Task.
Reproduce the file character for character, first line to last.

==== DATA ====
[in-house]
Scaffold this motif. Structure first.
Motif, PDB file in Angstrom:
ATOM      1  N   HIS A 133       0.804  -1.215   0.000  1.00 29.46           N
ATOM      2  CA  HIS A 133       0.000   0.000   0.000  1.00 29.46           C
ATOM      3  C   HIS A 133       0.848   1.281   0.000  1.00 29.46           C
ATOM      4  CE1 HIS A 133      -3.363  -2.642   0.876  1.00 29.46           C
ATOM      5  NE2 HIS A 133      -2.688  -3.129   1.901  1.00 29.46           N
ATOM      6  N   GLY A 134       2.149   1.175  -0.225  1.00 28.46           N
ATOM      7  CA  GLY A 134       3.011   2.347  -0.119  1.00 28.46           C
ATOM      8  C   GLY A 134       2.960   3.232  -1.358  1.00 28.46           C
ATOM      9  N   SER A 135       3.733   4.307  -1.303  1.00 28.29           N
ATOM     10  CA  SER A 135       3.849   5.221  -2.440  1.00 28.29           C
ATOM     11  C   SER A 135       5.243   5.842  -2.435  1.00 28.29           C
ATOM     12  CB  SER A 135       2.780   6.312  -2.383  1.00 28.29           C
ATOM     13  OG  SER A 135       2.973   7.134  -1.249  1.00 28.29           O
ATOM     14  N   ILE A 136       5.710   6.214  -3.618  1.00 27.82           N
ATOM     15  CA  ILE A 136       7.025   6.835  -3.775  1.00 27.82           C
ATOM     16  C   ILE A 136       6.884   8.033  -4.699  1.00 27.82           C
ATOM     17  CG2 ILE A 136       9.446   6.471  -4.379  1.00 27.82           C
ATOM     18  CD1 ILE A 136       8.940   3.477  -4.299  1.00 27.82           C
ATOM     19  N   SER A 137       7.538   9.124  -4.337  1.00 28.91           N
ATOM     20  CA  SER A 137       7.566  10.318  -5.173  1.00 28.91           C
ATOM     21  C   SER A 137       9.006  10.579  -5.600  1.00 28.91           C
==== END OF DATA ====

[in-house]
Scaffold this motif. Structure first.
Motif, PDB file in Angstrom:
ATOM      1  N   HIS A 133       0.804  -1.215   0.000  1.00 29.46           N
ATOM      2  CA  HIS A 133       0.000   0.000   0.000  1.00 29.46           C
ATOM      3  C   HIS A 133       0.848   1.281   0.000  1.00 29.46           C
ATOM      4  CE1 HIS A 133      -3.363  -2.642   0.876  1.00 29.46           C
ATOM      5  NE2 HIS A 133      -2.688  -3.129   1.901  1.00 29.46           N
ATOM      6  N   GLY A 134       2.149   1.175  -0.225  1.00 28.46           N
ATOM      7  CA  GLY A 134       3.011   2.347  -0.119  1.00 28.46           C
ATOM      8  C   GLY A 134       2.960   3.232  -1.358  1.00 28.46           C
ATOM      9  N   SER A 135       3.733   4.307  -1.303  1.00 28.29           N
ATOM     10  CA  SER A 135       3.849   5.221  -2.440  1.00 28.29           C
ATOM     11  C   SER A 135       5.243   5.842  -2.435  1.00 28.29           C
ATOM     12  CB  SER A 135       2.780   6.312  -2.383  1.00 28.29           C
ATOM     13  OG  SER A 135       2.973   7.134  -1.249  1.00 28.29           O
ATOM     14  N   ILE A 136       5.710   6.214  -3.618  1.00 27.82           N
ATOM     15  CA  ILE A 136       7.025   6.835  -3.775  1.00 27.82           C
ATOM     16  C   ILE A 136       6.884   8.033  -4.699  1.00 27.82           C
ATOM     17  CG2 ILE A 136       9.446   6.471  -4.379  1.00 27.82           C
ATOM     18  CD1 ILE A 136       8.940   3.477  -4.299  1.00 27.82           C
ATOM     19  N   SER A 137       7.538   9.124  -4.337  1.00 28.91           N
ATOM     20  CA  SER A 137       7.566  10.318  -5.173  1.00 28.91           C
ATOM     21  C   SER A 137       9.006  10.579  -5.600  1.00 28.91           C